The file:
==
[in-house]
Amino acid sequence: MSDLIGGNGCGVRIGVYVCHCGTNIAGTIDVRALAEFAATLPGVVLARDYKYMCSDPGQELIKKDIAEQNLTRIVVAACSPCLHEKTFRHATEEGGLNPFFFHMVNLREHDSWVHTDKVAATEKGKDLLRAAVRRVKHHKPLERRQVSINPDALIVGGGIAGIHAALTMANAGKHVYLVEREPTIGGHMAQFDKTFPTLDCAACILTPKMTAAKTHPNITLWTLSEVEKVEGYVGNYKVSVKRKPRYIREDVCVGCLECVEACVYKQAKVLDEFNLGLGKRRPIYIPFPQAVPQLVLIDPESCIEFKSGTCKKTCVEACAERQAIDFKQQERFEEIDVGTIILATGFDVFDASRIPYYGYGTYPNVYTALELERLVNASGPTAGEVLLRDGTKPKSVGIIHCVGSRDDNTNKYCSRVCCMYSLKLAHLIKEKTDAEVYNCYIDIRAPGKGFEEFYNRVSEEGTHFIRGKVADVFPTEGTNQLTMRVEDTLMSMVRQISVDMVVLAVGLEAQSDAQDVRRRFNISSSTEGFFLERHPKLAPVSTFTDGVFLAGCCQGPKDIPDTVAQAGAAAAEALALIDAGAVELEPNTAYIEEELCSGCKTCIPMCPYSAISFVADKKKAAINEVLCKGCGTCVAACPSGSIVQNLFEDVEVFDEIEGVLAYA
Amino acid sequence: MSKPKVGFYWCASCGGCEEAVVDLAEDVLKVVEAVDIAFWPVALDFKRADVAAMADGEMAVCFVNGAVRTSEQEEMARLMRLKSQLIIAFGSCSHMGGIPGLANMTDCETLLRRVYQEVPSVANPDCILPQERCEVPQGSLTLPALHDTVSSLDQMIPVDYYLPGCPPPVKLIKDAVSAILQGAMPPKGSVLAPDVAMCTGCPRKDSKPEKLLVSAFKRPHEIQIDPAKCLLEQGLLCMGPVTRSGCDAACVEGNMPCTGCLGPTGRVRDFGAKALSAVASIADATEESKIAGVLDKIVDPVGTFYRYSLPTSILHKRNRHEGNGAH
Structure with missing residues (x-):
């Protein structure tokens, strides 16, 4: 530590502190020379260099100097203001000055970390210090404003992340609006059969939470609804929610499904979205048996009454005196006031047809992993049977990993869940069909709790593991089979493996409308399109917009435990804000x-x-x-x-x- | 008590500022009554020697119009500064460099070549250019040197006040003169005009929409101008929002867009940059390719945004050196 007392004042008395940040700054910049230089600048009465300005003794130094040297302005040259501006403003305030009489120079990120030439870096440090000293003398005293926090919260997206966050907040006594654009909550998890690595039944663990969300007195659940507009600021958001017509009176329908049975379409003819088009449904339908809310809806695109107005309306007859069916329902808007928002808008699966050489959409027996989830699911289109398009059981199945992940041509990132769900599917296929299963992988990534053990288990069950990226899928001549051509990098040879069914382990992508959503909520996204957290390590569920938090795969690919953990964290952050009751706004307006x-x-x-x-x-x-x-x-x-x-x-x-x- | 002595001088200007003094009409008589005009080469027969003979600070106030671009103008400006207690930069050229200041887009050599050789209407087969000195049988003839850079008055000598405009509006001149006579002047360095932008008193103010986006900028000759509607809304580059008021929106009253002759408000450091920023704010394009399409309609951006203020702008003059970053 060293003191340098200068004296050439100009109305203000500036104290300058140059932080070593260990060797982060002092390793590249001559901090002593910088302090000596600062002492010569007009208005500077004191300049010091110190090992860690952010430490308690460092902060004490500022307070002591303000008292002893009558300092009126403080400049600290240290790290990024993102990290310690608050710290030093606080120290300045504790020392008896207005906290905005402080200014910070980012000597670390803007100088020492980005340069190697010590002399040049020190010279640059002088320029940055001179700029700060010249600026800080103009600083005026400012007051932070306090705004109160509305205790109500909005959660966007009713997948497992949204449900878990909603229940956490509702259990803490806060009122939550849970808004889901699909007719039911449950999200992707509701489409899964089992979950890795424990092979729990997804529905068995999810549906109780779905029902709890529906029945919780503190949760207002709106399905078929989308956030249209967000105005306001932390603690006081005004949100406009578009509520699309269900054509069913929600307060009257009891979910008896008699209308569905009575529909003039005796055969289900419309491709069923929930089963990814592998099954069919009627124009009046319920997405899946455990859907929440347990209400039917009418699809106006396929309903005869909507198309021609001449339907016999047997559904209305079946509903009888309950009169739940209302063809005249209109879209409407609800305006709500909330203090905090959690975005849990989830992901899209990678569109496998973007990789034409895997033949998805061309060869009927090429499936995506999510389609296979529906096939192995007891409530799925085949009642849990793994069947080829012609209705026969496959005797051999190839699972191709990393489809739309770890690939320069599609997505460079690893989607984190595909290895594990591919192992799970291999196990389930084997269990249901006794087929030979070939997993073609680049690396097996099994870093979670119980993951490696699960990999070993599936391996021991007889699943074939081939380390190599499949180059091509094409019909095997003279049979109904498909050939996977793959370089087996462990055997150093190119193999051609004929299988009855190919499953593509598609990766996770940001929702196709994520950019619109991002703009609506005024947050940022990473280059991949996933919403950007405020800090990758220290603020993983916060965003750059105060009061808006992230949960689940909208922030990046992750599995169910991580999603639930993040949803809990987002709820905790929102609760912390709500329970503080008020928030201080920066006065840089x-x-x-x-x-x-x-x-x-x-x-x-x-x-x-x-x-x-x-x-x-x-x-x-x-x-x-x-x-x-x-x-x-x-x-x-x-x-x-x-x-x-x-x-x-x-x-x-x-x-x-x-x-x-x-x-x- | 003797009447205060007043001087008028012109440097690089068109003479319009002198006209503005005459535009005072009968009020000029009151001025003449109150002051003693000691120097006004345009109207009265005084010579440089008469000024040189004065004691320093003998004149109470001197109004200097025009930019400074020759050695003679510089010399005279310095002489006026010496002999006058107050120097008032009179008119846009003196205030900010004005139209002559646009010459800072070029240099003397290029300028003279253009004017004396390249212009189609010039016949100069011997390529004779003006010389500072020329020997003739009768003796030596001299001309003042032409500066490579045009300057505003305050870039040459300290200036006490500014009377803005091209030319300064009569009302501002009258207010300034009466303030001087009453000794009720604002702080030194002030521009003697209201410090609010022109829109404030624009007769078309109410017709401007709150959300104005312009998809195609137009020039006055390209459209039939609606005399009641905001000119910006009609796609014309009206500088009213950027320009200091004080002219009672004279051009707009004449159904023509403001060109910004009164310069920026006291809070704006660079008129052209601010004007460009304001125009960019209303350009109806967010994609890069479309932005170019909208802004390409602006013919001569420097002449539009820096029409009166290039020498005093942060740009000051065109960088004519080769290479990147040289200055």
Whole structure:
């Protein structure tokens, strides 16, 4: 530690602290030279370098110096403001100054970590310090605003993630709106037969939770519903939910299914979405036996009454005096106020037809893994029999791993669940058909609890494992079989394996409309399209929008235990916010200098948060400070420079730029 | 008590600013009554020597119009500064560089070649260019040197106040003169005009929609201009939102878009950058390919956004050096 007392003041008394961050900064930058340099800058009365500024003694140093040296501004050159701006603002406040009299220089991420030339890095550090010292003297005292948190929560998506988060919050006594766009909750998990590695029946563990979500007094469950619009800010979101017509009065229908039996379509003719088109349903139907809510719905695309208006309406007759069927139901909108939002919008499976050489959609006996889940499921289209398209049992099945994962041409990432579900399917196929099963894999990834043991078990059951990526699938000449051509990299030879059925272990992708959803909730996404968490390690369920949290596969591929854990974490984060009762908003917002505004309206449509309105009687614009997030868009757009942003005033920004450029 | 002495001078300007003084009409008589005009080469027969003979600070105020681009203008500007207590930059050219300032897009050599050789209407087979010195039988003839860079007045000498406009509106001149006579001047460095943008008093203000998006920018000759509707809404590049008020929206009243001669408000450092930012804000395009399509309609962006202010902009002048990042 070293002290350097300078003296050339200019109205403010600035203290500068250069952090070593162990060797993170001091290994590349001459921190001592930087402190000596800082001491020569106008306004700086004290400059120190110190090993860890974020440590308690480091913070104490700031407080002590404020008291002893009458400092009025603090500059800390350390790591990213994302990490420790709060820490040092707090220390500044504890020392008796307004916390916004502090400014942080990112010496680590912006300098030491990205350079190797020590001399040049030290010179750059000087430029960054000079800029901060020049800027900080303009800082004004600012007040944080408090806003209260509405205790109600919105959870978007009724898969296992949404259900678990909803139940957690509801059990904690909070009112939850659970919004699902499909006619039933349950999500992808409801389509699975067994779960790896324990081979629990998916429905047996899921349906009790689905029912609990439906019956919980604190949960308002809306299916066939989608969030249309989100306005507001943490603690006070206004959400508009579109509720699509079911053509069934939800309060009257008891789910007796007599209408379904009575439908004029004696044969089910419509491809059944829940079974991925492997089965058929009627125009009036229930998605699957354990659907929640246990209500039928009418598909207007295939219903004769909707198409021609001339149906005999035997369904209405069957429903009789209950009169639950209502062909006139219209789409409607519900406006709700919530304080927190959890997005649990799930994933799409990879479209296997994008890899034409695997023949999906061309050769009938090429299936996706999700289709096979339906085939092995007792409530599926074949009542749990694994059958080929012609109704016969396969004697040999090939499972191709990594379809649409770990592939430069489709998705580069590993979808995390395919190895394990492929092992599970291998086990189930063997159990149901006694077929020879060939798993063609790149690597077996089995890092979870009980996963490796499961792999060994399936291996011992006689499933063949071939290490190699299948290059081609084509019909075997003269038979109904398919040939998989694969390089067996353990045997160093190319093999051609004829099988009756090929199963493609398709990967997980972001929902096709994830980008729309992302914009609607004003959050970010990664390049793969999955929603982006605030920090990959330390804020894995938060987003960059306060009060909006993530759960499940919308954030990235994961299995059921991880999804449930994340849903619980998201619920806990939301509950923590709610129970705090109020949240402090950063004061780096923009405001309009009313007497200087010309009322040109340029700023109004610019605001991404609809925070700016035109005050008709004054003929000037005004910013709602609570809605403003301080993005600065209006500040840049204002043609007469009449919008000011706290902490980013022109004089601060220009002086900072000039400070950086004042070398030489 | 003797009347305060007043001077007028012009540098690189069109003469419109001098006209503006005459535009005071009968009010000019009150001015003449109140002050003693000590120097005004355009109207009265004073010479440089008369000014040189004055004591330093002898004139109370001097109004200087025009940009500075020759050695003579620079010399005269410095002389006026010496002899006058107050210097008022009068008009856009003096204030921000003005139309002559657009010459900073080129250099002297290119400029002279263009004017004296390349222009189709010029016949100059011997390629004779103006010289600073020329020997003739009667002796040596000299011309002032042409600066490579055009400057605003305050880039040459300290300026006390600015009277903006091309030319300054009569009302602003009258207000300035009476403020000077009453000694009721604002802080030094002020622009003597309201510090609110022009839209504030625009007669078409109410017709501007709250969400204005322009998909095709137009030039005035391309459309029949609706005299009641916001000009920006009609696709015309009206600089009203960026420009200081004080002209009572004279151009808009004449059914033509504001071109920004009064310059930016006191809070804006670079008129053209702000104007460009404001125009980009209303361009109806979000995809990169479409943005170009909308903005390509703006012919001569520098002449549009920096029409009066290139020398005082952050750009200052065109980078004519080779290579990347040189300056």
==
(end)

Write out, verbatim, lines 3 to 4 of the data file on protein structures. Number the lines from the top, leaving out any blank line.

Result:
Amino acid sequence: MSKPKVGFYWCASCGGCEEAVVDLAEDVLKVVEAVDIAFWPVALDFKRADVAAMADGEMAVCFVNGAVRTSEQEEMARLMRLKSQLIIAFGSCSHMGGIPGLANMTDCETLLRRVYQEVPSVANPDCILPQERCEVPQGSLTLPALHDTVSSLDQMIPVDYYLPGCPPPVKLIKDAVSAILQGAMPPKGSVLAPDVAMCTGCPRKDSKPEKLLVSAFKRPHEIQIDPAKCLLEQGLLCMGPVTRSGCDAACVEGNMPCTGCLGPTGRVRDFGAKALSAVASIADATEESKIAGVLDKIVDPVGTFYRYSLPTSILHKRNRHEGNGAH
Structure with missing residues (x-):